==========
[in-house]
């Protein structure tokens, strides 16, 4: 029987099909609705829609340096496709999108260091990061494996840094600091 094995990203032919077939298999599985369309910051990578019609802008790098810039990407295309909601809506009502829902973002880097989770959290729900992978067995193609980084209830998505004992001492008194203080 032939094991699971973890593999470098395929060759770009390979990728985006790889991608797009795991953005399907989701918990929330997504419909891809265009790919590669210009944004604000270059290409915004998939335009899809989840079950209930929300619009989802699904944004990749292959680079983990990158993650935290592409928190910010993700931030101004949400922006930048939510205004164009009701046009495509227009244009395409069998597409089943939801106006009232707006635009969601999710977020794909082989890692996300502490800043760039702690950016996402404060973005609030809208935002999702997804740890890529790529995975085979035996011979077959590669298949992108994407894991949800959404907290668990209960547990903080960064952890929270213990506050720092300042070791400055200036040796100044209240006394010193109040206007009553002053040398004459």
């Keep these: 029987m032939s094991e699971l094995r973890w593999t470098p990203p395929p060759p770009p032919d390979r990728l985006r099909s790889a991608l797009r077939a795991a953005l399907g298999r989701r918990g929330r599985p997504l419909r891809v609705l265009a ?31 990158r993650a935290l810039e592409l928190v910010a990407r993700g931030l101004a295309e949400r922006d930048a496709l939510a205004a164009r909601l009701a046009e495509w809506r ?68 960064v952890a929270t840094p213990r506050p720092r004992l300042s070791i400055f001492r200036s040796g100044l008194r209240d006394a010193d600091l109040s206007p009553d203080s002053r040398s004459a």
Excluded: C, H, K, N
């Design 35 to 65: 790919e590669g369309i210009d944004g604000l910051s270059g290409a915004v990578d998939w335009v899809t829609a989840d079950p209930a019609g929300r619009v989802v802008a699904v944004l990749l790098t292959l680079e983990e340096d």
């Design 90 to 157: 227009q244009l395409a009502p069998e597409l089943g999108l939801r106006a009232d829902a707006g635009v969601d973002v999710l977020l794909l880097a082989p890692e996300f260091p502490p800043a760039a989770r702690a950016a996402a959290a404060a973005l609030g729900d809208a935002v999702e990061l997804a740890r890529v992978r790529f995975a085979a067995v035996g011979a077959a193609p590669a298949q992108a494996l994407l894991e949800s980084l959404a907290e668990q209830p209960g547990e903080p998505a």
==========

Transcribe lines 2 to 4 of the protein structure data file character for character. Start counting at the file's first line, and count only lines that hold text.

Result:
């Protein structure tokens, strides 16, 4: 029987099909609705829609340096496709999108260091990061494996840094600091 094995990203032919077939298999599985369309910051990578019609802008790098810039990407295309909601809506009502829902973002880097989770959290729900992978067995193609980084209830998505004992001492008194203080 032939094991699971973890593999470098395929060759770009390979990728985006790889991608797009795991953005399907989701918990929330997504419909891809265009790919590669210009944004604000270059290409915004998939335009899809989840079950209930929300619009989802699904944004990749292959680079983990990158993650935290592409928190910010993700931030101004949400922006930048939510205004164009009701046009495509227009244009395409069998597409089943939801106006009232707006635009969601999710977020794909082989890692996300502490800043760039702690950016996402404060973005609030809208935002999702997804740890890529790529995975085979035996011979077959590669298949992108994407894991949800959404907290668990209960547990903080960064952890929270213990506050720092300042070791400055200036040796100044209240006394010193109040206007009553002053040398004459």
């Keep these: 029987m032939s094991e699971l094995r973890w593999t470098p990203p395929p060759p770009p032919d390979r990728l985006r099909s790889a991608l797009r077939a795991a953005l399907g298999r989701r918990g929330r599985p997504l419909r891809v609705l265009a ?31 990158r993650a935290l810039e592409l928190v910010a990407r993700g931030l101004a295309e949400r922006d930048a496709l939510a205004a164009r909601l009701a046009e495509w809506r ?68 960064v952890a929270t840094p213990r506050p720092r004992l300042s070791i400055f001492r200036s040796g100044l008194r209240d006394a010193d600091l109040s206007p009553d203080s002053r040398s004459a």
Excluded: C, H, K, N